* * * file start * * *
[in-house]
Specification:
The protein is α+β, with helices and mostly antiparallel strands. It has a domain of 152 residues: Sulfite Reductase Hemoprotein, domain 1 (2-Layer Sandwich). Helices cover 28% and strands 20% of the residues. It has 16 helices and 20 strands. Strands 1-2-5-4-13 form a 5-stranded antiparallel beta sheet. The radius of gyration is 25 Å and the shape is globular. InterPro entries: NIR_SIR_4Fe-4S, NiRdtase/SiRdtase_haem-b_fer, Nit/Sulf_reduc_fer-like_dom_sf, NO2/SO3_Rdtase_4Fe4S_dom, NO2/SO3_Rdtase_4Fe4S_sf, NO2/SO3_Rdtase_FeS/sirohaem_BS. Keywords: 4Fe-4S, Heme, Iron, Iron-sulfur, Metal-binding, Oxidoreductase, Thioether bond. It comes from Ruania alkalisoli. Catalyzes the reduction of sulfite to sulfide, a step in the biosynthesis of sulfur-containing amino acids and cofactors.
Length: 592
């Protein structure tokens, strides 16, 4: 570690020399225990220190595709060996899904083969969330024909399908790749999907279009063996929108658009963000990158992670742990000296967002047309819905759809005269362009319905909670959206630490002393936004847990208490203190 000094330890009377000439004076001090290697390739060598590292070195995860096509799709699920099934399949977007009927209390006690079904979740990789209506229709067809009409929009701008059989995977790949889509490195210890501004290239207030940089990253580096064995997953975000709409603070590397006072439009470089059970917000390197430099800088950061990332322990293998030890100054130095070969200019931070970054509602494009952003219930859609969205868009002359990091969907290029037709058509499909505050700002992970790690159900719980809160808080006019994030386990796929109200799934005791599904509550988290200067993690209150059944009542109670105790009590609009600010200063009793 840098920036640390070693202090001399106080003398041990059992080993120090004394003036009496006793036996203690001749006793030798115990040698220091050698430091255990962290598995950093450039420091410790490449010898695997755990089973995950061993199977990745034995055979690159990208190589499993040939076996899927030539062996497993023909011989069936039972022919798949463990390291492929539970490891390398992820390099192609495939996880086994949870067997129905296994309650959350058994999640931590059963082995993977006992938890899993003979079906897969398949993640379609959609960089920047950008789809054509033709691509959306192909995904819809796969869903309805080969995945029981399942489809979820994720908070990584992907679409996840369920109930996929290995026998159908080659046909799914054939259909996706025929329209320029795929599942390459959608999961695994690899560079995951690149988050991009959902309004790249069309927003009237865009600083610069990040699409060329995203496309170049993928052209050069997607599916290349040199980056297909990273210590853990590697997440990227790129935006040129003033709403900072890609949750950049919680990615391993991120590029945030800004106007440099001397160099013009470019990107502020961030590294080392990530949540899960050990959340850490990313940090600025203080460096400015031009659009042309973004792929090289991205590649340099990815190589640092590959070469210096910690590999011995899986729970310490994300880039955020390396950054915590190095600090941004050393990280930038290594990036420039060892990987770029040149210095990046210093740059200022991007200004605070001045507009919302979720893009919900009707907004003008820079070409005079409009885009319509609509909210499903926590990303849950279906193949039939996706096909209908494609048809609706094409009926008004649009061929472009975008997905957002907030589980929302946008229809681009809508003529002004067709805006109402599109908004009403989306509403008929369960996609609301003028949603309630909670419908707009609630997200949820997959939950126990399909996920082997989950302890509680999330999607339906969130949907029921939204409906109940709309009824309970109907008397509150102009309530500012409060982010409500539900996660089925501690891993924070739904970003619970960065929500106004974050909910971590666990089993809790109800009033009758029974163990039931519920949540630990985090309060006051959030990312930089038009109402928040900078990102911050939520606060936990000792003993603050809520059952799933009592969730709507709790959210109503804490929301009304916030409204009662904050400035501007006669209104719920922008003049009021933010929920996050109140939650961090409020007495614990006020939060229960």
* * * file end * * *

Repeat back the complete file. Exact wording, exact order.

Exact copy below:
[in-house]
Specification:
The protein is α+β, with helices and mostly antiparallel strands. It has a domain of 152 residues: Sulfite Reductase Hemoprotein, domain 1 (2-Layer Sandwich). Helices cover 28% and strands 20% of the residues. It has 16 helices and 20 strands. Strands 1-2-5-4-13 form a 5-stranded antiparallel beta sheet. The radius of gyration is 25 Å and the shape is globular. InterPro entries: NIR_SIR_4Fe-4S, NiRdtase/SiRdtase_haem-b_fer, Nit/Sulf_reduc_fer-like_dom_sf, NO2/SO3_Rdtase_4Fe4S_dom, NO2/SO3_Rdtase_4Fe4S_sf, NO2/SO3_Rdtase_FeS/sirohaem_BS. Keywords: 4Fe-4S, Heme, Iron, Iron-sulfur, Metal-binding, Oxidoreductase, Thioether bond. It comes from Ruania alkalisoli. Catalyzes the reduction of sulfite to sulfide, a step in the biosynthesis of sulfur-containing amino acids and cofactors.
Length: 592
């Protein structure tokens, strides 16, 4: 570690020399225990220190595709060996899904083969969330024909399908790749999907279009063996929108658009963000990158992670742990000296967002047309819905759809005269362009319905909670959206630490002393936004847990208490203190 000094330890009377000439004076001090290697390739060598590292070195995860096509799709699920099934399949977007009927209390006690079904979740990789209506229709067809009409929009701008059989995977790949889509490195210890501004290239207030940089990253580096064995997953975000709409603070590397006072439009470089059970917000390197430099800088950061990332322990293998030890100054130095070969200019931070970054509602494009952003219930859609969205868009002359990091969907290029037709058509499909505050700002992970790690159900719980809160808080006019994030386990796929109200799934005791599904509550988290200067993690209150059944009542109670105790009590609009600010200063009793 840098920036640390070693202090001399106080003398041990059992080993120090004394003036009496006793036996203690001749006793030798115990040698220091050698430091255990962290598995950093450039420091410790490449010898695997755990089973995950061993199977990745034995055979690159990208190589499993040939076996899927030539062996497993023909011989069936039972022919798949463990390291492929539970490891390398992820390099192609495939996880086994949870067997129905296994309650959350058994999640931590059963082995993977006992938890899993003979079906897969398949993640379609959609960089920047950008789809054509033709691509959306192909995904819809796969869903309805080969995945029981399942489809979820994720908070990584992907679409996840369920109930996929290995026998159908080659046909799914054939259909996706025929329209320029795929599942390459959608999961695994690899560079995951690149988050991009959902309004790249069309927003009237865009600083610069990040699409060329995203496309170049993928052209050069997607599916290349040199980056297909990273210590853990590697997440990227790129935006040129003033709403900072890609949750950049919680990615391993991120590029945030800004106007440099001397160099013009470019990107502020961030590294080392990530949540899960050990959340850490990313940090600025203080460096400015031009659009042309973004792929090289991205590649340099990815190589640092590959070469210096910690590999011995899986729970310490994300880039955020390396950054915590190095600090941004050393990280930038290594990036420039060892990987770029040149210095990046210093740059200022991007200004605070001045507009919302979720893009919900009707907004003008820079070409005079409009885009319509609509909210499903926590990303849950279906193949039939996706096909209908494609048809609706094409009926008004649009061929472009975008997905957002907030589980929302946008229809681009809508003529002004067709805006109402599109908004009403989306509403008929369960996609609301003028949603309630909670419908707009609630997200949820997959939950126990399909996920082997989950302890509680999330999607339906969130949907029921939204409906109940709309009824309970109907008397509150102009309530500012409060982010409500539900996660089925501690891993924070739904970003619970960065929500106004974050909910971590666990089993809790109800009033009758029974163990039931519920949540630990985090309060006051959030990312930089038009109402928040900078990102911050939520606060936990000792003993603050809520059952799933009592969730709507709790959210109503804490929301009304916030409204009662904050400035501007006669209104719920922008003049009021933010929920996050109140939650961090409020007495614990006020939060229960």